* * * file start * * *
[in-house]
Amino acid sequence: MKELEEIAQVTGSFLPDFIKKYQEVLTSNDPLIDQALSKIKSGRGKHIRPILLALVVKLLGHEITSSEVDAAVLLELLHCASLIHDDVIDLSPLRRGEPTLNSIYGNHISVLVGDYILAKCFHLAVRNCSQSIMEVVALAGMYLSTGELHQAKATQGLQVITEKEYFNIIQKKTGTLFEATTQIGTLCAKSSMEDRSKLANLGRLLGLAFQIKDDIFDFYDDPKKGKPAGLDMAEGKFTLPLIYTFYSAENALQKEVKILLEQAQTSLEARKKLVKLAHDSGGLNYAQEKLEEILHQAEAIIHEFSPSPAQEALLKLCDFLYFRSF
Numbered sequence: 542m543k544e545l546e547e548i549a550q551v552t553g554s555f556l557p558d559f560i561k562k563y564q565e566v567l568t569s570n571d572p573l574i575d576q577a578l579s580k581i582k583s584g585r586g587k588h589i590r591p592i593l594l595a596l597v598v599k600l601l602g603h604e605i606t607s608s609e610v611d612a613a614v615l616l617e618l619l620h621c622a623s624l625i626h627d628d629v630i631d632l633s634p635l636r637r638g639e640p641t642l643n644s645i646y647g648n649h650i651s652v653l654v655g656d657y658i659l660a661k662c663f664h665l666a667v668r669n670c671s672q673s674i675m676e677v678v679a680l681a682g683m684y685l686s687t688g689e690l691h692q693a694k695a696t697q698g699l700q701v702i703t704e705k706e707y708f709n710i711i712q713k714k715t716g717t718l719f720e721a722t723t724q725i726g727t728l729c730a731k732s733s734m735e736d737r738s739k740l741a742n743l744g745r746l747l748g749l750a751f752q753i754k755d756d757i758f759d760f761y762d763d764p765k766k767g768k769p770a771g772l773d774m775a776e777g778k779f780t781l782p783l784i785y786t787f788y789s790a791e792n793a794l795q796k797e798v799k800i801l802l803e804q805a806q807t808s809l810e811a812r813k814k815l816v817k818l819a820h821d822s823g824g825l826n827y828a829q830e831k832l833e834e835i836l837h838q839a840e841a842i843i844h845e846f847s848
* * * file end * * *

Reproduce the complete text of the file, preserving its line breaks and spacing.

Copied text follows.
[in-house]
Amino acid sequence: MKELEEIAQVTGSFLPDFIKKYQEVLTSNDPLIDQALSKIKSGRGKHIRPILLALVVKLLGHEITSSEVDAAVLLELLHCASLIHDDVIDLSPLRRGEPTLNSIYGNHISVLVGDYILAKCFHLAVRNCSQSIMEVVALAGMYLSTGELHQAKATQGLQVITEKEYFNIIQKKTGTLFEATTQIGTLCAKSSMEDRSKLANLGRLLGLAFQIKDDIFDFYDDPKKGKPAGLDMAEGKFTLPLIYTFYSAENALQKEVKILLEQAQTSLEARKKLVKLAHDSGGLNYAQEKLEEILHQAEAIIHEFSPSPAQEALLKLCDFLYFRSF
Numbered sequence: 542m543k544e545l546e547e548i549a550q551v552t553g554s555f556l557p558d559f560i561k562k563y564q565e566v567l568t569s570n571d572p573l574i575d576q577a578l579s580k581i582k583s584g585r586g587k588h589i590r591p592i593l594l595a596l597v598v599k600l601l602g603h604e605i606t607s608s609e610v611d612a613a614v615l616l617e618l619l620h621c622a623s624l625i626h627d628d629v630i631d632l633s634p635l636r637r638g639e640p641t642l643n644s645i646y647g648n649h650i651s652v653l654v655g656d657y658i659l660a661k662c663f664h665l666a667v668r669n670c671s672q673s674i675m676e677v678v679a680l681a682g683m684y685l686s687t688g689e690l691h692q693a694k695a696t697q698g699l700q701v702i703t704e705k706e707y708f709n710i711i712q713k714k715t716g717t718l719f720e721a722t723t724q725i726g727t728l729c730a731k732s733s734m735e736d737r738s739k740l741a742n743l744g745r746l747l748g749l750a751f752q753i754k755d756d757i758f759d760f761y762d763d764p765k766k767g768k769p770a771g772l773d774m775a776e777g778k779f780t781l782p783l784i785y786t787f788y789s790a791e792n793a794l795q796k797e798v799k800i801l802l803e804q805a806q807t808s809l810e811a812r813k814k815l816v817k818l819a820h821d822s823g824g825l826n827y828a829q830e831k832l833e834e835i836l837h838q839a840e841a842i843i844h845e846f847s848